Almost every day, people cut paper, or other materials, without much consideration to the actual ancient art form of cutting or piercing. The art of cutting paper dates back thousands of years, with early works coming from 6th century China.
Curated by Bedford Gallery of Walnut Creek, California, the “Cut Up/Cut Out” exhibit provides a modern view of the ancient practice of cutting and piercing materials.
Bellevue is the exhibit’s first stop on its national tour featuring over 51 national and international artists. The works are created through a variety of tools and methods, as well as materials from paper, plastic, metal and rubber.
The artists explore the endless possibilities of cutting into and through their chosen surfaces by converting materials from opaque to transparent, flat to sculptural, rigid to delicate and ordinary to extraordinary. The precision required for this method of art-making is laborious and demanding.
Maude White of Hudson Valley, New York uses a small exacto knife to create primarily women, birds and flowers. Her inspiration spurs from the intricacy and repetition needed to portray these figures. White especially enjoys creating female portraits in a way that casts a shadow. She believes the women shown in these artworks are never alone because “her shadow is a constant and comforting companion.”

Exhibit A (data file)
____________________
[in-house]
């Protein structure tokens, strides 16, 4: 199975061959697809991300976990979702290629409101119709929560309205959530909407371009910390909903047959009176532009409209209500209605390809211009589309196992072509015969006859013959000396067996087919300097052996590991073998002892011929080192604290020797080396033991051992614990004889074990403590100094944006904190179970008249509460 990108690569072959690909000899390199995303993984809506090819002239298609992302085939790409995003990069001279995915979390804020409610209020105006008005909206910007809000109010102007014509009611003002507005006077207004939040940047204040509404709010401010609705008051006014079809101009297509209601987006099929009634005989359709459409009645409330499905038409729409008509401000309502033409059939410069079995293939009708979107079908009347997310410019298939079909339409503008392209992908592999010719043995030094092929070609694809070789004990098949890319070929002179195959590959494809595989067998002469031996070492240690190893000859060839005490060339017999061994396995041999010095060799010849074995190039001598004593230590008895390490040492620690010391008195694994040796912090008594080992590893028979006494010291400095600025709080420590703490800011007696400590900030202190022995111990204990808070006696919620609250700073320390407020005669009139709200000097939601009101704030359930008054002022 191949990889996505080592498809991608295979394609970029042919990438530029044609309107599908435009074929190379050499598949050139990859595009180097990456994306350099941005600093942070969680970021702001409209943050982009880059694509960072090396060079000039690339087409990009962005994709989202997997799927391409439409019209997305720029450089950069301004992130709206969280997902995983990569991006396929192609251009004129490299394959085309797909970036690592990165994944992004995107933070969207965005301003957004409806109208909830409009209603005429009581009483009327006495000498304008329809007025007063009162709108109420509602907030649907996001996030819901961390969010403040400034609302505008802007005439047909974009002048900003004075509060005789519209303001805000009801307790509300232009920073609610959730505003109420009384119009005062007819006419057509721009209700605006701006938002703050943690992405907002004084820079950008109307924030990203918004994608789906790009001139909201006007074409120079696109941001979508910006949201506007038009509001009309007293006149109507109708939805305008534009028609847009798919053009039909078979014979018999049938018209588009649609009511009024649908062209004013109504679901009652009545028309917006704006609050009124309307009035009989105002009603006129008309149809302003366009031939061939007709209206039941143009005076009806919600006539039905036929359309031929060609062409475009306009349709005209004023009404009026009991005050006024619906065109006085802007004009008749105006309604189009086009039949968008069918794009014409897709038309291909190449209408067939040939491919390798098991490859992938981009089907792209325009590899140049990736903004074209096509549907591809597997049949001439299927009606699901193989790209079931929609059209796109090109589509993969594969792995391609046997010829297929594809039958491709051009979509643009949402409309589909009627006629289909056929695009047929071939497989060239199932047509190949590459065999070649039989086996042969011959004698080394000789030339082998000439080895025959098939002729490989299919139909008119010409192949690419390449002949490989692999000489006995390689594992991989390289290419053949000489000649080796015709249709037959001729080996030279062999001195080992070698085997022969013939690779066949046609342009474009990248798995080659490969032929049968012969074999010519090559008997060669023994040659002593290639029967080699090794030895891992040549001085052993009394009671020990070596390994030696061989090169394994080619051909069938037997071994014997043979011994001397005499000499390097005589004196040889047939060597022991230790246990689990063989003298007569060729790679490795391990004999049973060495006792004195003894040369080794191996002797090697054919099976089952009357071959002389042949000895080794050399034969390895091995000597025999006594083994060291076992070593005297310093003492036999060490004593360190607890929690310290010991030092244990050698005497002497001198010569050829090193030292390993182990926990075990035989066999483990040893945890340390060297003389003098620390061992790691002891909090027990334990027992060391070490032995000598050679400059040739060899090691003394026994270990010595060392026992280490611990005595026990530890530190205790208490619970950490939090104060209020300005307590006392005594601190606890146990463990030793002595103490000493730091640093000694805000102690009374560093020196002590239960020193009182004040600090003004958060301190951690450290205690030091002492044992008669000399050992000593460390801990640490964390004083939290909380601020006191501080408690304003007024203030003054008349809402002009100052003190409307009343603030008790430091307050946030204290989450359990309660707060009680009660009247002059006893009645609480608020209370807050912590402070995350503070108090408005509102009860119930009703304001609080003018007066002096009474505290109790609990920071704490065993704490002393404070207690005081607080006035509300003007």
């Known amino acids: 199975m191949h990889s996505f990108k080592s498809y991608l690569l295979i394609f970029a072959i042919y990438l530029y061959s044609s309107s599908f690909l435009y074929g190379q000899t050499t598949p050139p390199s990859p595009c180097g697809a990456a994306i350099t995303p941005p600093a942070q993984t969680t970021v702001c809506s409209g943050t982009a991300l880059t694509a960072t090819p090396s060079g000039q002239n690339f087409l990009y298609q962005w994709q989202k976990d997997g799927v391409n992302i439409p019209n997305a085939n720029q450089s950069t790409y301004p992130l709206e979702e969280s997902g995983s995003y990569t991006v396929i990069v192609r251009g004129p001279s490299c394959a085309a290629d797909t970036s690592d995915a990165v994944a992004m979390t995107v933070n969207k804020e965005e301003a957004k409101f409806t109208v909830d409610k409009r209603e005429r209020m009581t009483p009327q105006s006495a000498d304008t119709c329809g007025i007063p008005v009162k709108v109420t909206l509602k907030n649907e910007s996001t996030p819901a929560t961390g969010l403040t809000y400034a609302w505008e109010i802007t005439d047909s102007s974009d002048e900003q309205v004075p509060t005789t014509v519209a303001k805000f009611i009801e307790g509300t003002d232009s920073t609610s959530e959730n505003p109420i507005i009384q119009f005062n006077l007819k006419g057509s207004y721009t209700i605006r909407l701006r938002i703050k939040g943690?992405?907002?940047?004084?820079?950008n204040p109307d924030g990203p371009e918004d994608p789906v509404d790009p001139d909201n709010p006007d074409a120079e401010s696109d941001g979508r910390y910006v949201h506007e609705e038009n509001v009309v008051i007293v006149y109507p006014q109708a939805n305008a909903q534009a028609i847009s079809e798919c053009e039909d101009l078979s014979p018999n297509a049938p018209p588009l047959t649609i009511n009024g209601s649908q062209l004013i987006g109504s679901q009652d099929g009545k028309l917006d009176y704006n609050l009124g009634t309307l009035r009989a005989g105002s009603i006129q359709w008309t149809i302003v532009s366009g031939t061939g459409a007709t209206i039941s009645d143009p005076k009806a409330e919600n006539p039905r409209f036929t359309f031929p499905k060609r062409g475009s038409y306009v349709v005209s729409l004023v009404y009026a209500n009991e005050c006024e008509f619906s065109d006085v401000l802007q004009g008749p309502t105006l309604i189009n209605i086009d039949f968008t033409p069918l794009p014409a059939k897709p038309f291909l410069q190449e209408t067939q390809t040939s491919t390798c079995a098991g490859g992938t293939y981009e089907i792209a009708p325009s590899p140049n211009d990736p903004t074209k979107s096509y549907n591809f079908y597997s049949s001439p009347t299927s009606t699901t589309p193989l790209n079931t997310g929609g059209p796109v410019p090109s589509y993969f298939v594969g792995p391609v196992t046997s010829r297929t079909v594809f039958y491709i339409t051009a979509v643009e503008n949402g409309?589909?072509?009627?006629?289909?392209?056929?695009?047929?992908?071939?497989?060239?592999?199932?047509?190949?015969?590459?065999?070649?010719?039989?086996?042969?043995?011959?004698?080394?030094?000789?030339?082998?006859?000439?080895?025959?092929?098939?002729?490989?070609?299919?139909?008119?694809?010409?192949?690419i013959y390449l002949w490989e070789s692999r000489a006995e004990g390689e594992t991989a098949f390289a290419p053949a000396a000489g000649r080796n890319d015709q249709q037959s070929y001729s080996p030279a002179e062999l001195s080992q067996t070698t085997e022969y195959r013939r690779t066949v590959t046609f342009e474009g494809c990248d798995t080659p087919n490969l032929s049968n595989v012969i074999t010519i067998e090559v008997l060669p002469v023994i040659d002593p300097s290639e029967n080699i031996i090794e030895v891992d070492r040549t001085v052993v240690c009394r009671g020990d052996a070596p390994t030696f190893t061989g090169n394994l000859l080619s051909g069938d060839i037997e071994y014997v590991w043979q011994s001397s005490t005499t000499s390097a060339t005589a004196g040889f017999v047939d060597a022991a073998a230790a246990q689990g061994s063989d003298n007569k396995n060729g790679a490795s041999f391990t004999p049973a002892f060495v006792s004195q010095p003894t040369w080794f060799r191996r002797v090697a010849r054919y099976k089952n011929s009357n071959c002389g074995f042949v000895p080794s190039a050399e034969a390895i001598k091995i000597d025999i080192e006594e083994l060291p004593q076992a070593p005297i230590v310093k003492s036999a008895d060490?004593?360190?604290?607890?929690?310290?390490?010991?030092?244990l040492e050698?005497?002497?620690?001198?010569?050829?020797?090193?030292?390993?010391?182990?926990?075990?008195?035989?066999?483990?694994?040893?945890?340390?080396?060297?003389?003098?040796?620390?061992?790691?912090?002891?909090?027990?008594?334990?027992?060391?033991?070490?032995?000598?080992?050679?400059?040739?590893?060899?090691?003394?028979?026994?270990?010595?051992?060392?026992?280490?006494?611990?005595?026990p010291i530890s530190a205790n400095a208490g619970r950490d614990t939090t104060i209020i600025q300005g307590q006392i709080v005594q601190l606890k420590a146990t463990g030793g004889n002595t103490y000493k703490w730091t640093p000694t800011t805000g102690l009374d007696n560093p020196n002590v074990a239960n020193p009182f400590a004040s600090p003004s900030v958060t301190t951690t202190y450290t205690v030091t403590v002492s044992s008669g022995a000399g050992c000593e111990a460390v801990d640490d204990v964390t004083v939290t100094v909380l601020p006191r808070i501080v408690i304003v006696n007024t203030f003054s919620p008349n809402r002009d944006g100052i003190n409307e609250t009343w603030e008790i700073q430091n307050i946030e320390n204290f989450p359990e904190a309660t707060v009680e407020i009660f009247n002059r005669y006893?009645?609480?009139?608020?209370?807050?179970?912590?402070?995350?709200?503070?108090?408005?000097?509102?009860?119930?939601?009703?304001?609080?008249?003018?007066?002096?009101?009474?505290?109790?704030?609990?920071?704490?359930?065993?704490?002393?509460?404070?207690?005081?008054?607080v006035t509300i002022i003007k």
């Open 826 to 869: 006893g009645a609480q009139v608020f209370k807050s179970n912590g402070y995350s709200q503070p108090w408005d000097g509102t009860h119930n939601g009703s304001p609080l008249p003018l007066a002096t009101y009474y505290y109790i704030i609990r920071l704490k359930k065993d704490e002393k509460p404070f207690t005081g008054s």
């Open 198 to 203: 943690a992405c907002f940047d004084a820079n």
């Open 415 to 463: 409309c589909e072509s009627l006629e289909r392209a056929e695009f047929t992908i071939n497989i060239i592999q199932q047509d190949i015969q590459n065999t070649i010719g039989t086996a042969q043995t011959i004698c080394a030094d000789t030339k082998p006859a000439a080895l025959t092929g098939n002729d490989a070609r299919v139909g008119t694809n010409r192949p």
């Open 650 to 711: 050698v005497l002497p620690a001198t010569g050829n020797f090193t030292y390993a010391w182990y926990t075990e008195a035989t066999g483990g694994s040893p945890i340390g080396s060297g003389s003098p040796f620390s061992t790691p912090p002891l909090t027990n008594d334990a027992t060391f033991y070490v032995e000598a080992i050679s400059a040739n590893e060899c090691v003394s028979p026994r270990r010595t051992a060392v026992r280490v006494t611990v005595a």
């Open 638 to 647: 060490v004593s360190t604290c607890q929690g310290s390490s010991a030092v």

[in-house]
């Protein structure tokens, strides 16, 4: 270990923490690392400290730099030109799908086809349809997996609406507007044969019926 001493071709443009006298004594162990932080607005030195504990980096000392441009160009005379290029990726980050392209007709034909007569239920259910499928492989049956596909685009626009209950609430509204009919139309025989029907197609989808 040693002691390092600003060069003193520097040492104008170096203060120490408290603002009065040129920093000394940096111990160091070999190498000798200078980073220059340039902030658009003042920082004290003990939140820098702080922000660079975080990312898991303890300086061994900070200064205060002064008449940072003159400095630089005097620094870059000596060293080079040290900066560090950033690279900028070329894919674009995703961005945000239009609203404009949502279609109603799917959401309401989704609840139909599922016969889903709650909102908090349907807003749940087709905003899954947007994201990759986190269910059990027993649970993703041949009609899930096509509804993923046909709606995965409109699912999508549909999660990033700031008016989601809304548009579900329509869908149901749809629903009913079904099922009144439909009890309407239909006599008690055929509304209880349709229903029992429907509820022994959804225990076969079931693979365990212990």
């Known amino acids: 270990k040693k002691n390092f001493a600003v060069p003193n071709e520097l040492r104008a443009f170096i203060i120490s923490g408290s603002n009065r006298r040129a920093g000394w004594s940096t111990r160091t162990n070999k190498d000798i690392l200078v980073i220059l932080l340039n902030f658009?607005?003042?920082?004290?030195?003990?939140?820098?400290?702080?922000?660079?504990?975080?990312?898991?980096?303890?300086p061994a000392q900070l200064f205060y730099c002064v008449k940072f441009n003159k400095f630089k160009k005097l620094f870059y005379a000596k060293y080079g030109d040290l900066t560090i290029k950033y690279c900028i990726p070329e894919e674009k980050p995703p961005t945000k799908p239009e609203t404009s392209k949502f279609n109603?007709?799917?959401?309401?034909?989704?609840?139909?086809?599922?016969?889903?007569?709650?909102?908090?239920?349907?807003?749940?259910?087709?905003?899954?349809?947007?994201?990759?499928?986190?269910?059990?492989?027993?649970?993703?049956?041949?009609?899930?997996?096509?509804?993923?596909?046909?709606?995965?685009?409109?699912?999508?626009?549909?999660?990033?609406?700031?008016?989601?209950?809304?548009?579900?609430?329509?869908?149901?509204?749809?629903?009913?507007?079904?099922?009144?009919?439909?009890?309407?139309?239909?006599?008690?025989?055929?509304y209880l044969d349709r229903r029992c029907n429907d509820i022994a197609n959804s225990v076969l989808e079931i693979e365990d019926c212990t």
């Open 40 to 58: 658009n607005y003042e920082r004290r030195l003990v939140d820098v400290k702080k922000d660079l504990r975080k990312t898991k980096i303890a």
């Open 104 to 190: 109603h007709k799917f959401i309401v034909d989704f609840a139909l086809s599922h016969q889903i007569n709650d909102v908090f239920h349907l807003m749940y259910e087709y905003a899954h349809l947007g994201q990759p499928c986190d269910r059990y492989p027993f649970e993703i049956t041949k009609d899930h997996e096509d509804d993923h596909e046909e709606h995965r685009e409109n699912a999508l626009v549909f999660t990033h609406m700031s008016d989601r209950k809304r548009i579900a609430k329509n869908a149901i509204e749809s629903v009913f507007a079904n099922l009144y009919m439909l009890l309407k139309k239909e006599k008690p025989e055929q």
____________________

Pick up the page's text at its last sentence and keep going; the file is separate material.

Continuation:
Charles Clary of Morristown, Tennessee, uses numerous pieces of paper to create precise peaks and valleys. The pieces featured were inspired by the passing of his parents to cancer.
“Cancer is a disease that is a perfectly structured killer; it is beautiful in its architecture but grotesque in its eventuality. I began to think about nostalgia, longing for a childhood I never had, and parents that I needed. These thoughts brought me to the exploration of drywall and discarded wallpaper. The idea behind the more recent work using retro pop culture from my childhood is of order from chaos, beauty from destruction, and hope for more joyous times,” Clary said on his website.
The “Cut Up/Cut Out” features upcoming artists and others who are solidified in the industry. The collection is designed to offer different perspectives on how ordinary cutting and piercing can be reunited with its historic form.
The exhibit runs through Oct. 22 at the museum, located at 510 Bellevue Way NE.